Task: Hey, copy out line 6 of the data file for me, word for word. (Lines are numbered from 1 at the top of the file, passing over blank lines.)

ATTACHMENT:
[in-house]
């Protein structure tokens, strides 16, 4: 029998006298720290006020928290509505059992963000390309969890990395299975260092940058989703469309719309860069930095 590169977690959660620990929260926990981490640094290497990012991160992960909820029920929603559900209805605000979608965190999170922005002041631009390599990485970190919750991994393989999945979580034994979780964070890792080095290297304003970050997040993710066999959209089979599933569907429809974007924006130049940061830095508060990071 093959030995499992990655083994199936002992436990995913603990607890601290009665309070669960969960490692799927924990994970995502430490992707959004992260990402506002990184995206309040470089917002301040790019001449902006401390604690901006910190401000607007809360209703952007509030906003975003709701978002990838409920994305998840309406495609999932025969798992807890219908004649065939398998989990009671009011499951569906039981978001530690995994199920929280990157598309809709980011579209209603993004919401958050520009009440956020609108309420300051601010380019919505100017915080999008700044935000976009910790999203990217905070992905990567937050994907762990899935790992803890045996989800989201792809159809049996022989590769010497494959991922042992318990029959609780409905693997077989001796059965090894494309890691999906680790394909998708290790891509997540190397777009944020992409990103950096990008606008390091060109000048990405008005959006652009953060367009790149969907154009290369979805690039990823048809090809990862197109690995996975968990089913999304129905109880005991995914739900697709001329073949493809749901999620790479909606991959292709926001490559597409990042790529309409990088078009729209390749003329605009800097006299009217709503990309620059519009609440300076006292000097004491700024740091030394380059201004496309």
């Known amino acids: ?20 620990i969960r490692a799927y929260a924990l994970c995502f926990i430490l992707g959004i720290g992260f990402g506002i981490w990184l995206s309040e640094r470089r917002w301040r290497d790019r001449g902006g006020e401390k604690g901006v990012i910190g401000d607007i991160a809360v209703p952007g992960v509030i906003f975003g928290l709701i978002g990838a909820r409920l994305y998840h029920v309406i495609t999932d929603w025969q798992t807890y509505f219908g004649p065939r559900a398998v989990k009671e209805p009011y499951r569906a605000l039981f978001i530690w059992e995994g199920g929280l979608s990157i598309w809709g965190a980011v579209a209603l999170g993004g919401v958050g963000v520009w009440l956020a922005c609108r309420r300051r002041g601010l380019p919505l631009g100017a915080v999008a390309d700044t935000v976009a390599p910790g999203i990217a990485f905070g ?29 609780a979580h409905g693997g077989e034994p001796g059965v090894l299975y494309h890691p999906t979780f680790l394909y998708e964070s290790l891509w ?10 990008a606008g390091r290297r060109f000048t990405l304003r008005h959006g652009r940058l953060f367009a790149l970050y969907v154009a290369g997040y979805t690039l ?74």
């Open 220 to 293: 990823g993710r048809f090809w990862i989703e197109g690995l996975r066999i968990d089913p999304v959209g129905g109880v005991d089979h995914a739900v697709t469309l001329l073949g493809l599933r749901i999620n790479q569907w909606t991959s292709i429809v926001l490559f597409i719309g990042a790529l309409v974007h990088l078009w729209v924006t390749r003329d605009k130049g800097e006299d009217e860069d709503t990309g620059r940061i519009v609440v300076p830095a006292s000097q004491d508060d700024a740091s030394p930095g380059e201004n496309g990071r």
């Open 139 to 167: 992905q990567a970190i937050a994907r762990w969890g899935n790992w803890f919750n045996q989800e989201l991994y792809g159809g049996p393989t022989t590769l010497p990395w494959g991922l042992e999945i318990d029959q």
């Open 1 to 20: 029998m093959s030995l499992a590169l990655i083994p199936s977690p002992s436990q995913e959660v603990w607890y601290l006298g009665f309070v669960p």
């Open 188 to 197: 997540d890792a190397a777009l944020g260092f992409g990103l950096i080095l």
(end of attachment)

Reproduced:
């Open 1 to 20: 029998m093959s030995l499992a590169l990655i083994p199936s977690p002992s436990q995913e959660v603990w607890y601290l006298g009665f309070v669960p």